Tuesday, November 18, 2008

Wow. I spent the night in the Singapore airport. I went from a 5-star hotel to a cot-and-TV room in a transit hotel. But I'm in a 5-star airport. I'm not referring to shopping and restaurants--though they're here--but to the amenities. Free Wifi is not a big deal but how about free video game playing rooms to pass the time, numerous fast-connecting email statioins and free movie theaters to pass the time. It's also just a lovely airport to walk through.

That transit hotel wasn't bad either. For $40, I had an air conditioned room, comfortable enough bed and a place to take a hot shower the next morning. I can't add Singapore to my "places visited" list (to count, I think you have to go through immigration).

Talk about irony: As I'm checking in at the transit desk, the waiting area is full of young women (teens to early 30s) who have slept on the floor or in chairs. They're all Muslims. There's in traditional clothing for the region, including having their heads covered by hajabs. While they sleep, the TV is blaring Rachel Ray's talk show. The segment I see focuses on new bra styles to enhance or better show a woman's cleavage. I'm glad the women were all asleep.

There's irony everywhere.
Where does the time go? It's Tuesday afternoon, 4:40 PM in Surabaya, Indonesia. I've been on the road for about 10 days and what a wonderful trip it has been. I've conducted two media workshops for radio managers, covering broadcast journalism and news management. The participants were a joy to meet. They're business people but they've built radio station in a somewhat hostile environment. There are cultural and religious issues, government censorship, a sometimes chaotic economy, a lack of adequate human resources and of course a basic need to also support community development. It's a tougher environment than US stations face.

We also talked about the continuing challenge for radio to remain relevant in a world dominated by television news and increasing levels of Internet access in Indonesia.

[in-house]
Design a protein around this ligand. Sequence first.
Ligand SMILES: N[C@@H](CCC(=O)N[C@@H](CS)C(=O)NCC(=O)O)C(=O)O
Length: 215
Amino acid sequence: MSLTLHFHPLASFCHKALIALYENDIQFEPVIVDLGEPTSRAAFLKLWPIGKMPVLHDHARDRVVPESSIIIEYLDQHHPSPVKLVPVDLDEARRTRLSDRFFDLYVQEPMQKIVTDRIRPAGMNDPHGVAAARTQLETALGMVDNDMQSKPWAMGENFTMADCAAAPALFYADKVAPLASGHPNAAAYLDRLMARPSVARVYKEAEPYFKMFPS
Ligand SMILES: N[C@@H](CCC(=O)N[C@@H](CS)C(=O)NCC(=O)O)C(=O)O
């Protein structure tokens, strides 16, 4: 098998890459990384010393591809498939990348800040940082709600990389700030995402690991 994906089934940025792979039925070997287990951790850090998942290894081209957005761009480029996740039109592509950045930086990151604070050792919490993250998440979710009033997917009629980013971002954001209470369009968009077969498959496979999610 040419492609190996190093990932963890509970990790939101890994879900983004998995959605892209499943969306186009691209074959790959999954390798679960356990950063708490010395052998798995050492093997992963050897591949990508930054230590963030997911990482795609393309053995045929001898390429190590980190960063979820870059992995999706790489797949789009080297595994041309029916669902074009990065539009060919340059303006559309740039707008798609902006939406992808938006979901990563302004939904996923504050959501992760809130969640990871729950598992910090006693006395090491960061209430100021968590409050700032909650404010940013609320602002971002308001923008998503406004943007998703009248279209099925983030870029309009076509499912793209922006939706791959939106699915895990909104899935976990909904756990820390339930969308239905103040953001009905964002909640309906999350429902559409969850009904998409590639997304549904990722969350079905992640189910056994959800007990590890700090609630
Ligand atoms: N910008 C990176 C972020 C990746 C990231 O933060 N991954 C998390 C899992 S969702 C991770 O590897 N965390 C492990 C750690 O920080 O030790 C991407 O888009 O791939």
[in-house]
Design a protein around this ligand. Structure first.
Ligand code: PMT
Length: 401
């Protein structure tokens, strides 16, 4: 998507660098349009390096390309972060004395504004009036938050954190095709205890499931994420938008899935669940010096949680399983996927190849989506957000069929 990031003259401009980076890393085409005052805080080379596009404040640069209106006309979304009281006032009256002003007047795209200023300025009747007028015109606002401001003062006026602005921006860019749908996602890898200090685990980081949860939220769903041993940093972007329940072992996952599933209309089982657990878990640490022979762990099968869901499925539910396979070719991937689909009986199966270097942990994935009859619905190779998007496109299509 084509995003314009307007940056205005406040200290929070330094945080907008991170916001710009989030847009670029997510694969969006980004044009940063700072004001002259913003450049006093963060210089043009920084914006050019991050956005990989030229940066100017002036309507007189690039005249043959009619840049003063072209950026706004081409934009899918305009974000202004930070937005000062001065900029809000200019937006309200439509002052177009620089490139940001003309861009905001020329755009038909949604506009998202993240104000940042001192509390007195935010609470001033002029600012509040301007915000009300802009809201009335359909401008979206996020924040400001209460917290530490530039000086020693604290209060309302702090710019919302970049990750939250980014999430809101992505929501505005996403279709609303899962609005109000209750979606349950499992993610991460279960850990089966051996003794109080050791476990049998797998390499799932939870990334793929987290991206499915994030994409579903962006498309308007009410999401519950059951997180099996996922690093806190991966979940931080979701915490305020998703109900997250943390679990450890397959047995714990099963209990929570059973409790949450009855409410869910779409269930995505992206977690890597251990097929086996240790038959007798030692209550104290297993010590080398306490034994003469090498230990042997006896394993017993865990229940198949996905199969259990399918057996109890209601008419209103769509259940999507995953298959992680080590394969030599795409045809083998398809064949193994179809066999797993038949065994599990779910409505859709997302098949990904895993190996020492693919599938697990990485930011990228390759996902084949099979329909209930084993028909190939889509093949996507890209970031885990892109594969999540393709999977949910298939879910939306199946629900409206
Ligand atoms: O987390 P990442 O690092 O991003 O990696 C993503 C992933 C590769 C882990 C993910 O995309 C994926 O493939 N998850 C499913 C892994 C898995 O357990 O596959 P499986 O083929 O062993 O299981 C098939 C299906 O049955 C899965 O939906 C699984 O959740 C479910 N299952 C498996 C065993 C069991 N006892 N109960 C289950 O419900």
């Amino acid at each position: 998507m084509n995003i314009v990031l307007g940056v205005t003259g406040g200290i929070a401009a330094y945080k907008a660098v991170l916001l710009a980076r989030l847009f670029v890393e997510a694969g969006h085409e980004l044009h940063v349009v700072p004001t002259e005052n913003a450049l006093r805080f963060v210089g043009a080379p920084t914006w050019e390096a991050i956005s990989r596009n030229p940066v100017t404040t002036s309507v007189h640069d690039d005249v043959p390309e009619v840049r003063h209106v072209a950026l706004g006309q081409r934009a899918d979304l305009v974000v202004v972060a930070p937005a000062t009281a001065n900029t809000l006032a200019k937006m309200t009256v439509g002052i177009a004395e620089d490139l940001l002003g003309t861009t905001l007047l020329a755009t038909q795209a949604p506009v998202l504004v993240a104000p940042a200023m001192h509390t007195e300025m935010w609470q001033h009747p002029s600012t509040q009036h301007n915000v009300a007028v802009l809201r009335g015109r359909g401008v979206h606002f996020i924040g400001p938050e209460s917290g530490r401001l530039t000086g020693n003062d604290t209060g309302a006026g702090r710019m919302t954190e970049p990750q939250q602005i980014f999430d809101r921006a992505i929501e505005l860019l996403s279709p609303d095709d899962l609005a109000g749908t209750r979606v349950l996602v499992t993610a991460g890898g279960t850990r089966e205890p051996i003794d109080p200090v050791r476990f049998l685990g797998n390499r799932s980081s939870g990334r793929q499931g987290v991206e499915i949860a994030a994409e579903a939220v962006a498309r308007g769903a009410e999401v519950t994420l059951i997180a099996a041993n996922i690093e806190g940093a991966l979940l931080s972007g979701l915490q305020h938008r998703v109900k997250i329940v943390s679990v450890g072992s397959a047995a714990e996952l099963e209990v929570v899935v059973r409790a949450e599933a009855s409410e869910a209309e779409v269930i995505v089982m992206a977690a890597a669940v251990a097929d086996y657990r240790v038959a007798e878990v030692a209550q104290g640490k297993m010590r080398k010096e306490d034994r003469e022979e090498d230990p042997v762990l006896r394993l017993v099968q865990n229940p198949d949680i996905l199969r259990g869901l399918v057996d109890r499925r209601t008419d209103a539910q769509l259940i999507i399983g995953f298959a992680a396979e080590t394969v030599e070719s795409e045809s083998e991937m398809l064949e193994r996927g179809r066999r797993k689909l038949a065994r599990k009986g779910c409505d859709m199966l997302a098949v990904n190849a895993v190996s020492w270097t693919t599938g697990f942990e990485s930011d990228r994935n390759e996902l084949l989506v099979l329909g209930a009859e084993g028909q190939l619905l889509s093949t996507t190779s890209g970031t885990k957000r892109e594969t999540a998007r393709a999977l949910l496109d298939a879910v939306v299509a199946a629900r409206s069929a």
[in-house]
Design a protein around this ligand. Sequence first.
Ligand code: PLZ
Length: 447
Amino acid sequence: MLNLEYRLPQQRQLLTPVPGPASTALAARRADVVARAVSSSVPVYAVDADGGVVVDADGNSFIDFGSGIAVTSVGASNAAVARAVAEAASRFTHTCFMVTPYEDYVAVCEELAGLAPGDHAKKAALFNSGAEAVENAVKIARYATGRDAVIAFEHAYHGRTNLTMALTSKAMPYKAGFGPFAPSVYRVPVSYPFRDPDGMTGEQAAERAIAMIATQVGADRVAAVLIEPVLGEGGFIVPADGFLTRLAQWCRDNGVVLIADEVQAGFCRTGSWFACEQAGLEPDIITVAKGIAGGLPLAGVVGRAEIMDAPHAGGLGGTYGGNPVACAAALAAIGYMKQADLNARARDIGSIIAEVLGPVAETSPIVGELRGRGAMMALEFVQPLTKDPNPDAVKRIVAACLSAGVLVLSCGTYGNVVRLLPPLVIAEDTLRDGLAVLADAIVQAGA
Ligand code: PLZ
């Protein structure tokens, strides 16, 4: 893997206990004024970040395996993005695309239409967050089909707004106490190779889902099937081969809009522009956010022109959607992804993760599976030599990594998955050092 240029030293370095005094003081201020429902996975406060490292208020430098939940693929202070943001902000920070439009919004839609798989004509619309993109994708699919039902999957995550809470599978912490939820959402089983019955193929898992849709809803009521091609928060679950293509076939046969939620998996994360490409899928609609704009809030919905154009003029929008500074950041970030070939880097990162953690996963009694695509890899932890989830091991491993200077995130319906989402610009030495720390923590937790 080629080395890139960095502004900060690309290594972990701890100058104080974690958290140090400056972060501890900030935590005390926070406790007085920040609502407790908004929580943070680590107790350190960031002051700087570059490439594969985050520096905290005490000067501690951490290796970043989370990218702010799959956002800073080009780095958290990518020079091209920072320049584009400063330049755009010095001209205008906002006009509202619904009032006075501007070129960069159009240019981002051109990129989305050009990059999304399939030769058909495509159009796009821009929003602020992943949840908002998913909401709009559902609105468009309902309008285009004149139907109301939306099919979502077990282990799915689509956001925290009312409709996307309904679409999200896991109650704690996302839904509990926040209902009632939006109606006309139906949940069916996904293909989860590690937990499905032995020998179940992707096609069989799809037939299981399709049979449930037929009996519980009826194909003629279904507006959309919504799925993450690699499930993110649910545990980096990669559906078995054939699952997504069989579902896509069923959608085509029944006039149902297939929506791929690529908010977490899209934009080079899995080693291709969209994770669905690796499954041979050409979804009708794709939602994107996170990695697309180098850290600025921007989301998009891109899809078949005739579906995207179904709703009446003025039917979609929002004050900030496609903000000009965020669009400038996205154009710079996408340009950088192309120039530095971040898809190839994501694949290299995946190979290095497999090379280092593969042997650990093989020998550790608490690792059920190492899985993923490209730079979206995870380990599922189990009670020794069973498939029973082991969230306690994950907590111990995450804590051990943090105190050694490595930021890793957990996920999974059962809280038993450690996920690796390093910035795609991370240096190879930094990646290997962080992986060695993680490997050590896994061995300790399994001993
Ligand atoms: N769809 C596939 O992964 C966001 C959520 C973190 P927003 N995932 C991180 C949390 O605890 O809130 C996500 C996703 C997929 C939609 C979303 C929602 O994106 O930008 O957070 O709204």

The trip has been mostly work but I've had fun with the people I've met. As always, I've tried new foods--including jellyfish and chicken feet. Perhaps the greatest was trying durian, a large and smelly fruit grown in much of Southeast Asia. Durian is covered with sharp prongs on the outside. You break open the fruit and pull chunks of flesh from the oversized pod. It's a different taste--I really can't describe it. Go to Youtube and watch one of the videos for a look and description of what others have said.

As always, the trip has left little time to ponder on the blog about the people I've met and things I've seen. Indonesia is an interesting country--clearly not the sort of transitional place I have previously visited. But outside of the major cities, fundamental issues of development remain. The press is reasonably free but there's still a free speech chill from criminal libel complaints. I hope that I can come back.

I suppose that's enough...it's almost time to board.

Safe travels to all. I'll overnight in Singapore at a transit hotel then catch my morning flight home.